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What’s Your Birth Flower? Our Newest Mother’s Ring is Here

Birth Flower Ring

Our newest Mother's Ring with birth flower inlay. You can order a birth flower ring using this form. Note that all of our custom ring orders take approximately 5-6 weeks to handcraft. The last day to order this ring in time for Mother's Day is April 4th. With expediting, you can order by April 25th.

Even though it just snowed here in Chicago (insert ugly-cry here), we've got all the spring feels because the studio is blanketed with drying flowers. We just designed a new Mother's Ring, in time for Mother's Day, that incorporates birth flowers as inlays. What's a birth flower, you ask? Well, we've compiled a list of flowers from the Old Farmer's Almanac and provided you with some insight into flower meanings and the history of birth flower attributes. 

A Short History of Flower Meanings

According to Gertrude Jones, who wrote a book entitled Dictionary of Mythology, Folklore, and Symbols in 1962, the ancient Romans were one of the first to celebrate birthdays and they did so by gifting dedicated flowers.

In the 18th century, Lady Mary Wortely Montagu (pictured below), introduced the "language of flowers" to British high-society and, thus, flower meanings took on permanent significance in the west (Loy, 2015).

Lady Wortley Montagu

Birthflowers

Carnation


Carnations symbolize women and love. Different colored carnations indicate different feelings. For example: red means "My heart aches" or intense admiration; white references innocence, pure love, and good luck; pink means "I'll never forget you"; yellow apparently indicates rejection or disappointment.

In Victorian times, carnations were used to send secret messages. A solid color carnation meant "Yes," a striped carnation means "I'm sorry but I can't be with you", and yellow means "No".

The ancient Aztec Indians used carnations in a tea as a diuretic and to treat chest congestion. 

Carnation : January's Birthflower

Violet : February Birthflower

Violet


It's no surprise that violets are a symbol of delicate love. These velvety flowers are whisper-thin and very fragile. Violets also indicate affection, modesty, faithfulness, dignity, and nobility (purple is a color often associated with royalty). 

Violets, in the Christian tradition, represent the Virgin Mary. They are also indicative of symbolic death and resurrection because these flowers were used by the Romans in funeral rites

Daffodil ~ Narcissus


The etymology of the taxonomic name, narcissus, derives from the greek mythological character who was so in love with his own reflection he drowned in it. It is believed that these beautiful flowers were given this name because they grow naturally on river and stream banks, with their heads bowing to their own reflection. However, in modern times, daffodils are commonly associated with spring and renewal.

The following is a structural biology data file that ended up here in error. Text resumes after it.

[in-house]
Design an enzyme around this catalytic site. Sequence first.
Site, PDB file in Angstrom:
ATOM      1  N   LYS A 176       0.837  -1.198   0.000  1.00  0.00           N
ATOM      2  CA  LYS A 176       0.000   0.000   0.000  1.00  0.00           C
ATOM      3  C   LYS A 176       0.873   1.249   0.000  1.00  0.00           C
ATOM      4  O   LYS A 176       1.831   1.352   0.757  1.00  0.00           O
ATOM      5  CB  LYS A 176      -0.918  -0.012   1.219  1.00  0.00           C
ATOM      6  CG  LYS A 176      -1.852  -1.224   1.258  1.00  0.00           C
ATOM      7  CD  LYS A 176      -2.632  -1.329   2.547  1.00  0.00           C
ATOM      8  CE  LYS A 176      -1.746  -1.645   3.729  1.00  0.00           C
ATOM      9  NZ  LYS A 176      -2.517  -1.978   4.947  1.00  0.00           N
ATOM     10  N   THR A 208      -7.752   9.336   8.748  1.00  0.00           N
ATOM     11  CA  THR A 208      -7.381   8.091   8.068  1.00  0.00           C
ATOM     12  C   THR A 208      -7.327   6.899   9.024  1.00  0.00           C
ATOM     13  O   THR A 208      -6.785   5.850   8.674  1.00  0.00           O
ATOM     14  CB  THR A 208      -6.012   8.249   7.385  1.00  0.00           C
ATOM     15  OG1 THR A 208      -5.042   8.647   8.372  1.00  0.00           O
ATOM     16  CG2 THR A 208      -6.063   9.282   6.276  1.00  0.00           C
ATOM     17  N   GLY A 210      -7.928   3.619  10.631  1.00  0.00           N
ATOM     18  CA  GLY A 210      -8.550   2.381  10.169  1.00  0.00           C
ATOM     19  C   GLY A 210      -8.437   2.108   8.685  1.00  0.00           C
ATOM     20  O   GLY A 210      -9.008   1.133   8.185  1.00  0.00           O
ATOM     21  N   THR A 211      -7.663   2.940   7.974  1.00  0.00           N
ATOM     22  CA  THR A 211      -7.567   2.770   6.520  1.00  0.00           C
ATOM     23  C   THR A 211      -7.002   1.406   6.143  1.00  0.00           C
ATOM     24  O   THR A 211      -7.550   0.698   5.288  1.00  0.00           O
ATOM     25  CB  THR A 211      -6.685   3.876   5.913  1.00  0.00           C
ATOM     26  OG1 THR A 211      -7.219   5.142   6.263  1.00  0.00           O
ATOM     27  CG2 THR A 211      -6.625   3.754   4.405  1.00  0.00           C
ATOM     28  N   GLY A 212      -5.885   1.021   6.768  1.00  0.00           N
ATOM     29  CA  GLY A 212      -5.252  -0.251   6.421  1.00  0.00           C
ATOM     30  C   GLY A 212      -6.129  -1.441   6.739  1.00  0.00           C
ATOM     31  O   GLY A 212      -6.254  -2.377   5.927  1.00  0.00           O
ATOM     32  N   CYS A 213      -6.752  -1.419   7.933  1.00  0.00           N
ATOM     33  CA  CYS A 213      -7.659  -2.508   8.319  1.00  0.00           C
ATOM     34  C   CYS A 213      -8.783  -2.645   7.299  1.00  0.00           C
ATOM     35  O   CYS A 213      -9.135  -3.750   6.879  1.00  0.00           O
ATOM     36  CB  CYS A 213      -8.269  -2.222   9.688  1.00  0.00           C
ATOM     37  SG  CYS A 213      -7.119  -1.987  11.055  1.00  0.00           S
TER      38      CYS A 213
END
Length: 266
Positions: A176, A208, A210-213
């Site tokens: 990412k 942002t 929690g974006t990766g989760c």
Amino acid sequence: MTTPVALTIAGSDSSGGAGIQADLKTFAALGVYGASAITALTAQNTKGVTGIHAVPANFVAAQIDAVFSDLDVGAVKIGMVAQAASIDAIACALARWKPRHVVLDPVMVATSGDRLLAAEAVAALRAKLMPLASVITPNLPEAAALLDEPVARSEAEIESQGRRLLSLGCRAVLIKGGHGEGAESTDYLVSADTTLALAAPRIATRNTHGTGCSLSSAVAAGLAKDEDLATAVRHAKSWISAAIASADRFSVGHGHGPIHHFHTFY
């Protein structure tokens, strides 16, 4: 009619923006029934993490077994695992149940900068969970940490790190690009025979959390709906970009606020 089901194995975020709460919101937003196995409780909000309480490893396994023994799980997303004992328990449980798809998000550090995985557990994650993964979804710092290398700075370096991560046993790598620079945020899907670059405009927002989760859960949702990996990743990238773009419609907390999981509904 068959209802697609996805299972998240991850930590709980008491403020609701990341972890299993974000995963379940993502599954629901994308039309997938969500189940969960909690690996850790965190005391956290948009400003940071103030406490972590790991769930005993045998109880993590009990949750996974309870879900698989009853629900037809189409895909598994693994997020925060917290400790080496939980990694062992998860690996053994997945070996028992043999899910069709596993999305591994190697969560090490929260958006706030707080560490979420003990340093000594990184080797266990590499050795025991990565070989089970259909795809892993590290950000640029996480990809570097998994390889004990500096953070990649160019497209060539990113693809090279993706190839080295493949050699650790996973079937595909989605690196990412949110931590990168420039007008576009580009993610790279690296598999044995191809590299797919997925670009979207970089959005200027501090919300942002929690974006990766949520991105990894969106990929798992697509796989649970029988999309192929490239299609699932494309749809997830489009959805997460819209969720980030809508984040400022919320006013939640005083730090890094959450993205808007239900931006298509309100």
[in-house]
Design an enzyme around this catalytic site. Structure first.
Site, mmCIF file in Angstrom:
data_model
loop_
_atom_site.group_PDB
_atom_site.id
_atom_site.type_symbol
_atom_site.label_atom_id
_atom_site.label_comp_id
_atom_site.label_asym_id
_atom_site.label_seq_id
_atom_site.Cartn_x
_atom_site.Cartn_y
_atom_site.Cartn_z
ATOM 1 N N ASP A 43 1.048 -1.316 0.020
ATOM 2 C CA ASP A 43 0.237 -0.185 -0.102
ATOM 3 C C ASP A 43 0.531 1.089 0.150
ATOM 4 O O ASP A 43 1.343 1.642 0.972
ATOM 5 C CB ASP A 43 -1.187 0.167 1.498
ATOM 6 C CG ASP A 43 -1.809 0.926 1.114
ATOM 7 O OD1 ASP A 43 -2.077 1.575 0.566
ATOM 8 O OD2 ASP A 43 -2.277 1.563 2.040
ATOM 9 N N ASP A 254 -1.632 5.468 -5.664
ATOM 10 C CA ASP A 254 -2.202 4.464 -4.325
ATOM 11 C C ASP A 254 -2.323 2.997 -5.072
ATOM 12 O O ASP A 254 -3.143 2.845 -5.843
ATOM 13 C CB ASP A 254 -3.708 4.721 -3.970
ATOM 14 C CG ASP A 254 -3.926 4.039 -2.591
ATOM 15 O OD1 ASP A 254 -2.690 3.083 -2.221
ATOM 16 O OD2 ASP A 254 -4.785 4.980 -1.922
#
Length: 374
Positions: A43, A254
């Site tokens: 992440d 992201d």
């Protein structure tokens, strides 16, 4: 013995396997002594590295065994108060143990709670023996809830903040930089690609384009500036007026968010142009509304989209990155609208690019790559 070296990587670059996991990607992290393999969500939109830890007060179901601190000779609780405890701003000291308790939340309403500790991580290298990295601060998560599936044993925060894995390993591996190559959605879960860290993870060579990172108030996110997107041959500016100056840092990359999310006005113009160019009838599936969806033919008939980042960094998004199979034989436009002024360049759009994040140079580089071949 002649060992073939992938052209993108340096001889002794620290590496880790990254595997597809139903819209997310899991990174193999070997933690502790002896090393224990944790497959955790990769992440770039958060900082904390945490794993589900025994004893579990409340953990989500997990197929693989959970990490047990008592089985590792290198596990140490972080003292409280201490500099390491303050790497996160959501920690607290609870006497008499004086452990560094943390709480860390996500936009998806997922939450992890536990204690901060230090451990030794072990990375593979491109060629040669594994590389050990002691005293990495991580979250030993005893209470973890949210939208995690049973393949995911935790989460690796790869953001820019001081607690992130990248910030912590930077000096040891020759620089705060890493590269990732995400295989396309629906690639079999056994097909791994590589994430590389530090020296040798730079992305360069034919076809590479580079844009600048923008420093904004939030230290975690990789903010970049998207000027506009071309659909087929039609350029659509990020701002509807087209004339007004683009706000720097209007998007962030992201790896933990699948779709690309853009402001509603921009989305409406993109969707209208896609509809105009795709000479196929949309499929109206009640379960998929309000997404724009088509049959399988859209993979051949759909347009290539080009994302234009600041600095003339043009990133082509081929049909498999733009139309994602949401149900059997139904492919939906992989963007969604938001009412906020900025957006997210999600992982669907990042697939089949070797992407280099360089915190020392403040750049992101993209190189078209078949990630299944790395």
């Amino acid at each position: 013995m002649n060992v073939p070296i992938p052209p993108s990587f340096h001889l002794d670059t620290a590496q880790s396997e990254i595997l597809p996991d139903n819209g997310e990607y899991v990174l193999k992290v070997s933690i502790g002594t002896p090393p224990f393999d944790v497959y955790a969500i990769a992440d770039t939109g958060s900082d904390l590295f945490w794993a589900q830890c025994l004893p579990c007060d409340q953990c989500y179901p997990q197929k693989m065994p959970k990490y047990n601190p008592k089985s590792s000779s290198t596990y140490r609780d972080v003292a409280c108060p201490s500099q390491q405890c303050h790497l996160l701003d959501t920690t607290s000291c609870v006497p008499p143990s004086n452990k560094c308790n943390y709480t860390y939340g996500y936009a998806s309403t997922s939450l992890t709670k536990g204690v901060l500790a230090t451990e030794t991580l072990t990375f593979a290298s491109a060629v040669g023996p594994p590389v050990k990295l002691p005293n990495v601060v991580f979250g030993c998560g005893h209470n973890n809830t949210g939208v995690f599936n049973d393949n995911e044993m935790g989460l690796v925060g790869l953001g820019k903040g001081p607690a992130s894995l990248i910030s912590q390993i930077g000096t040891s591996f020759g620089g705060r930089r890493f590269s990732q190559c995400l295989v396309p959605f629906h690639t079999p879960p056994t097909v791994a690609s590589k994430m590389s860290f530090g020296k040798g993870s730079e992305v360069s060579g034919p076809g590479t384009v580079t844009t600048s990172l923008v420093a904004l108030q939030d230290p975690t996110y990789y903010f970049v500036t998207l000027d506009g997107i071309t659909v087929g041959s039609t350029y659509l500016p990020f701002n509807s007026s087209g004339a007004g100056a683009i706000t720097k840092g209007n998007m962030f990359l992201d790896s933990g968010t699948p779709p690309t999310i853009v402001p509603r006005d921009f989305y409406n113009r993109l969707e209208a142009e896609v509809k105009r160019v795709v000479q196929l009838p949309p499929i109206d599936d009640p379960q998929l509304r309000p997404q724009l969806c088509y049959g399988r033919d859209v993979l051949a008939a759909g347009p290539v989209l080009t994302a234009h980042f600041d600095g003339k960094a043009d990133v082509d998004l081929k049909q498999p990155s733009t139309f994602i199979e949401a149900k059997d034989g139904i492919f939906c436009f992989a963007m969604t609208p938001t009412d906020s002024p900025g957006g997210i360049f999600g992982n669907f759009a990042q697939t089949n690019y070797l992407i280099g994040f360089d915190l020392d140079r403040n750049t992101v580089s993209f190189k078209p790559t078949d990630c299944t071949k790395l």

The cheery daffodil appears when spring is fast approaching. Daffodils brighten everything around them with their golden, yellow hue. These flowers represent prosperity, bounty, rebirth, renewal, good luck, happiness, clarity, and inspiration.

March Birthflower : Daffodil

April Birthflower : Daisy

Daisy


Following soon after the daffodil, daisies flower when spring has fully arrived. Daisies symbolize innocence and hope, but it is also a flower that indicates discretion between lovers--as in "Can you keep a secret?" In the Victorian era, daisies represented loyalty. 

Daisies appear like miniature suns in the grass and, in the evening, tiny stars. These flowers grow all year round and are naturally resistant to pests. The name daisy comes from an Old English word meaning "day's eye" because the flowers open in the day after closing at night. Daisies are apparently around 4,000 years old! These flowers have been painted and used as decoration in Medieval paintings, Egyptian vessels, and Minoan hair accessories. 

Lily of the Valley


​This fragrant flower symbolizes sweetness, humility, and a return to happiness. It is also said to bring luck in love. Part of the taxonomic name of this flower, majalis, means "of or belonging to mary." In the Christian tradition, this flower is said to have originated from the Virgin Mary's tears. Also, according to old astrological records, this plant has been placed under the ascendancy of Mercury--which passes across the sun in either May or November. 

May Birthflower : Lily of the Valley
June Birthflower : Rose

Rose


Roses have perhaps the most infamous cultural significance. Like carnations, different colored roses have a different meaning: pink means love, gratitude, appreciation, grace, gentleness, and sympathy; yellow indicates "Get Well", friendship, and joy; lavender symbolizes enchantment, mystery, and love at first sight; white means purity and spirituality--interestingly white roses used to be an indication of true love which is now symbolized by the color red, which has been used throughout history to indicate passion (in politics and religion). 

This sweet, edible flower has been used in folk medicine for centuries. Rosehips are often crushed with sugar to create a preserve, rich in vitamin C. The fragrance of this flower is justifiably popular and the flower has a long history of cultivation in gardens. 

Larkspur


Larkspur is associated with openheartedness and romance. Like carnations and roses, the colors of larkspur flowers hold different meanings: pink represents fickleness, white signifies a happy-go-lucky nature, and purple represents a sweet disposition.

According to Native American lore, larkspur got its name from a celestial being who sent down a spike of the sky with which to climb down to the earth. The rays of the sun dried the spike and scattered it in the wind--wherever these pieces touched the ground the larkspur flower grows.